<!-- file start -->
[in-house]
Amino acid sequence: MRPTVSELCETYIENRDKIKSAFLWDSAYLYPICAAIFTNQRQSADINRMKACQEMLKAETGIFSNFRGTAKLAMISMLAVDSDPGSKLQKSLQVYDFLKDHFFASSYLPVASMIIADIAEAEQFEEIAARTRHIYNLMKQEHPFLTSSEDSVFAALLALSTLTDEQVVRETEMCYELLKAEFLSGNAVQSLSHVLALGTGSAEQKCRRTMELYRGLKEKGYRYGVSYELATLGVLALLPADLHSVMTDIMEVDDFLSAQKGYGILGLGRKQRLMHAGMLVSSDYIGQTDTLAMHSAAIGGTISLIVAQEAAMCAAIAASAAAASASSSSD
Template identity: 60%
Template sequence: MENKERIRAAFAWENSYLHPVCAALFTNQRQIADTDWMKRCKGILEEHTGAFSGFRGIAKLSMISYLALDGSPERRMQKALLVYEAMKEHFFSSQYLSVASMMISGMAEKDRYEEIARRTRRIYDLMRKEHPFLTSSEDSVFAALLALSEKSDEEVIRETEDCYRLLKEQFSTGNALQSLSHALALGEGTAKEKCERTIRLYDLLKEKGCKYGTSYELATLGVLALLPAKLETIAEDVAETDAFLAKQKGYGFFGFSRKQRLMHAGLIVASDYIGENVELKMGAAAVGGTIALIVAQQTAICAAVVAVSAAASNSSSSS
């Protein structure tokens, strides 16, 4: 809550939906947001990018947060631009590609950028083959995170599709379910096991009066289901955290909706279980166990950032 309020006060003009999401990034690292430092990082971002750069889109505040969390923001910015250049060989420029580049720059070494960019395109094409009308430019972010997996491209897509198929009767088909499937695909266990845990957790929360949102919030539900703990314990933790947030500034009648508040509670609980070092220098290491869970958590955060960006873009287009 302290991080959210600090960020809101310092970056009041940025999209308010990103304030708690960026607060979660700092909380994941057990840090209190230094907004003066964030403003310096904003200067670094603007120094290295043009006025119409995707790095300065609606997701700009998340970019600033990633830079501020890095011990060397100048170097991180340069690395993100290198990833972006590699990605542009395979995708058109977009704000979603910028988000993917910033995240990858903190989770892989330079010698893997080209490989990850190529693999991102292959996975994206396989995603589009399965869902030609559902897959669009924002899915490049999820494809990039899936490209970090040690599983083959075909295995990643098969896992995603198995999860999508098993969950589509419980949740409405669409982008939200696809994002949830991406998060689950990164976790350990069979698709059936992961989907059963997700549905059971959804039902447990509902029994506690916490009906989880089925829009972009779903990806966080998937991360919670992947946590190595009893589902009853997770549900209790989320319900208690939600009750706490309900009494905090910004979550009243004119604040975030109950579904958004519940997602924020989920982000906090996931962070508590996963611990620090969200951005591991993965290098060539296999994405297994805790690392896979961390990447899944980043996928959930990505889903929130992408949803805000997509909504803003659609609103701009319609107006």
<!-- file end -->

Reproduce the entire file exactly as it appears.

[in-house]
Amino acid sequence: MRPTVSELCETYIENRDKIKSAFLWDSAYLYPICAAIFTNQRQSADINRMKACQEMLKAETGIFSNFRGTAKLAMISMLAVDSDPGSKLQKSLQVYDFLKDHFFASSYLPVASMIIADIAEAEQFEEIAARTRHIYNLMKQEHPFLTSSEDSVFAALLALSTLTDEQVVRETEMCYELLKAEFLSGNAVQSLSHVLALGTGSAEQKCRRTMELYRGLKEKGYRYGVSYELATLGVLALLPADLHSVMTDIMEVDDFLSAQKGYGILGLGRKQRLMHAGMLVSSDYIGQTDTLAMHSAAIGGTISLIVAQEAAMCAAIAASAAAASASSSSD
Template identity: 60%
Template sequence: MENKERIRAAFAWENSYLHPVCAALFTNQRQIADTDWMKRCKGILEEHTGAFSGFRGIAKLSMISYLALDGSPERRMQKALLVYEAMKEHFFSSQYLSVASMMISGMAEKDRYEEIARRTRRIYDLMRKEHPFLTSSEDSVFAALLALSEKSDEEVIRETEDCYRLLKEQFSTGNALQSLSHALALGEGTAKEKCERTIRLYDLLKEKGCKYGTSYELATLGVLALLPAKLETIAEDVAETDAFLAKQKGYGFFGFSRKQRLMHAGLIVASDYIGENVELKMGAAAVGGTIALIVAQQTAICAAVVAVSAAASNSSSSS
């Protein structure tokens, strides 16, 4: 809550939906947001990018947060631009590609950028083959995170599709379910096991009066289901955290909706279980166990950032 309020006060003009999401990034690292430092990082971002750069889109505040969390923001910015250049060989420029580049720059070494960019395109094409009308430019972010997996491209897509198929009767088909499937695909266990845990957790929360949102919030539900703990314990933790947030500034009648508040509670609980070092220098290491869970958590955060960006873009287009 302290991080959210600090960020809101310092970056009041940025999209308010990103304030708690960026607060979660700092909380994941057990840090209190230094907004003066964030403003310096904003200067670094603007120094290295043009006025119409995707790095300065609606997701700009998340970019600033990633830079501020890095011990060397100048170097991180340069690395993100290198990833972006590699990605542009395979995708058109977009704000979603910028988000993917910033995240990858903190989770892989330079010698893997080209490989990850190529693999991102292959996975994206396989995603589009399965869902030609559902897959669009924002899915490049999820494809990039899936490209970090040690599983083959075909295995990643098969896992995603198995999860999508098993969950589509419980949740409405669409982008939200696809994002949830991406998060689950990164976790350990069979698709059936992961989907059963997700549905059971959804039902447990509902029994506690916490009906989880089925829009972009779903990806966080998937991360919670992947946590190595009893589902009853997770549900209790989320319900208690939600009750706490309900009494905090910004979550009243004119604040975030109950579904958004519940997602924020989920982000906090996931962070508590996963611990620090969200951005591991993965290098060539296999994405297994805790690392896979961390990447899944980043996928959930990505889903929130992408949803805000997509909504803003659609609103701009319609107006």